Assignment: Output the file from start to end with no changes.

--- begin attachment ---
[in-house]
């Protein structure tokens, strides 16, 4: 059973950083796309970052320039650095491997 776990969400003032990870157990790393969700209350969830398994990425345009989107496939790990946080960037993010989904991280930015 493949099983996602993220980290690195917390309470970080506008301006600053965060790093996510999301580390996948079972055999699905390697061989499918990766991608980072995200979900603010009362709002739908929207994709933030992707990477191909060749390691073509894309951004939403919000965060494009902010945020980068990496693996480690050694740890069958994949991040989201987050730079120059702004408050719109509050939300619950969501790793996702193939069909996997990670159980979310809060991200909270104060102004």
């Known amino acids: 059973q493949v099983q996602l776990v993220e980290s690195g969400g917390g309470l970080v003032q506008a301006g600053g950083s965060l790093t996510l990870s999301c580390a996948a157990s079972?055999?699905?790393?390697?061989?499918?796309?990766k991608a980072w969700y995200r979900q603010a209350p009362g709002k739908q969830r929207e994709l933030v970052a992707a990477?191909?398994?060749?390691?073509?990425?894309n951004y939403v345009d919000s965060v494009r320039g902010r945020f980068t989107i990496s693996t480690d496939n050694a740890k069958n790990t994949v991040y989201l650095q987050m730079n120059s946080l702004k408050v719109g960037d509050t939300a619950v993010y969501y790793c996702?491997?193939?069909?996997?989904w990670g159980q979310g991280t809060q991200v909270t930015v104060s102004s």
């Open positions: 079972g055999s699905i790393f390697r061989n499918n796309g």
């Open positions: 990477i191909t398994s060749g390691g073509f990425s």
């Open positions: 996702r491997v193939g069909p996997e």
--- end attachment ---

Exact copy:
[in-house]
């Protein structure tokens, strides 16, 4: 059973950083796309970052320039650095491997 776990969400003032990870157990790393969700209350969830398994990425345009989107496939790990946080960037993010989904991280930015 493949099983996602993220980290690195917390309470970080506008301006600053965060790093996510999301580390996948079972055999699905390697061989499918990766991608980072995200979900603010009362709002739908929207994709933030992707990477191909060749390691073509894309951004939403919000965060494009902010945020980068990496693996480690050694740890069958994949991040989201987050730079120059702004408050719109509050939300619950969501790793996702193939069909996997990670159980979310809060991200909270104060102004």
């Known amino acids: 059973q493949v099983q996602l776990v993220e980290s690195g969400g917390g309470l970080v003032q506008a301006g600053g950083s965060l790093t996510l990870s999301c580390a996948a157990s079972?055999?699905?790393?390697?061989?499918?796309?990766k991608a980072w969700y995200r979900q603010a209350p009362g709002k739908q969830r929207e994709l933030v970052a992707a990477?191909?398994?060749?390691?073509?990425?894309n951004y939403v345009d919000s965060v494009r320039g902010r945020f980068t989107i990496s693996t480690d496939n050694a740890k069958n790990t994949v991040y989201l650095q987050m730079n120059s946080l702004k408050v719109g960037d509050t939300a619950v993010y969501y790793c996702?491997?193939?069909?996997?989904w990670g159980q979310g991280t809060q991200v909270t930015v104060s102004s």
């Open positions: 079972g055999s699905i790393f390697r061989n499918n796309g």
């Open positions: 990477i191909t398994s060749g390691g073509f990425s």
């Open positions: 996702r491997v193939g069909p996997e």